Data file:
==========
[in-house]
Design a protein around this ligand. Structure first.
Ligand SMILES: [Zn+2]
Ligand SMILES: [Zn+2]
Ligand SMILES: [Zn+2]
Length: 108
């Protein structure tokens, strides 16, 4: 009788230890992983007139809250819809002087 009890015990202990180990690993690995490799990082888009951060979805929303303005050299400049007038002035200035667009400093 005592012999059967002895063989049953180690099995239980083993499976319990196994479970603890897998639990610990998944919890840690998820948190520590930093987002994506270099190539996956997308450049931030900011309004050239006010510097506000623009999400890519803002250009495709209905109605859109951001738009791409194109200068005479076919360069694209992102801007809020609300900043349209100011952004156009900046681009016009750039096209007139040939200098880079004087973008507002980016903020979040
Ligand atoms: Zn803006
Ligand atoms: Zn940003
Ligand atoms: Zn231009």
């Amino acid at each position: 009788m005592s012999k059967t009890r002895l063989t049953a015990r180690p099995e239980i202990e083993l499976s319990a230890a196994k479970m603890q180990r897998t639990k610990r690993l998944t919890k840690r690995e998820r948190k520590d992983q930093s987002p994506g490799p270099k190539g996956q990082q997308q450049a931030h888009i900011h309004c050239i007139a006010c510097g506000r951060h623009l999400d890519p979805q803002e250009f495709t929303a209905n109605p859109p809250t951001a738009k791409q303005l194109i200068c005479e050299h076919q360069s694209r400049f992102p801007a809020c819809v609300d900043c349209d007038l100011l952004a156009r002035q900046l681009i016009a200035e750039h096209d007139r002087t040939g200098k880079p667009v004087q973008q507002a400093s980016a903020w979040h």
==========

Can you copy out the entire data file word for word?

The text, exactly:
[in-house]
Design a protein around this ligand. Structure first.
Ligand SMILES: [Zn+2]
Ligand SMILES: [Zn+2]
Ligand SMILES: [Zn+2]
Length: 108
């Protein structure tokens, strides 16, 4: 009788230890992983007139809250819809002087 009890015990202990180990690993690995490799990082888009951060979805929303303005050299400049007038002035200035667009400093 005592012999059967002895063989049953180690099995239980083993499976319990196994479970603890897998639990610990998944919890840690998820948190520590930093987002994506270099190539996956997308450049931030900011309004050239006010510097506000623009999400890519803002250009495709209905109605859109951001738009791409194109200068005479076919360069694209992102801007809020609300900043349209100011952004156009900046681009016009750039096209007139040939200098880079004087973008507002980016903020979040
Ligand atoms: Zn803006
Ligand atoms: Zn940003
Ligand atoms: Zn231009």
């Amino acid at each position: 009788m005592s012999k059967t009890r002895l063989t049953a015990r180690p099995e239980i202990e083993l499976s319990a230890a196994k479970m603890q180990r897998t639990k610990r690993l998944t919890k840690r690995e998820r948190k520590d992983q930093s987002p994506g490799p270099k190539g996956q990082q997308q450049a931030h888009i900011h309004c050239i007139a006010c510097g506000r951060h623009l999400d890519p979805q803002e250009f495709t929303a209905n109605p859109p809250t951001a738009k791409q303005l194109i200068c005479e050299h076919q360069s694209r400049f992102p801007a809020c819809v609300d900043c349209d007038l100011l952004a156009r002035q900046l681009i016009a200035e750039h096209d007139r002087t040939g200098k880079p667009v004087q973008q507002a400093s980016a903020w979040h």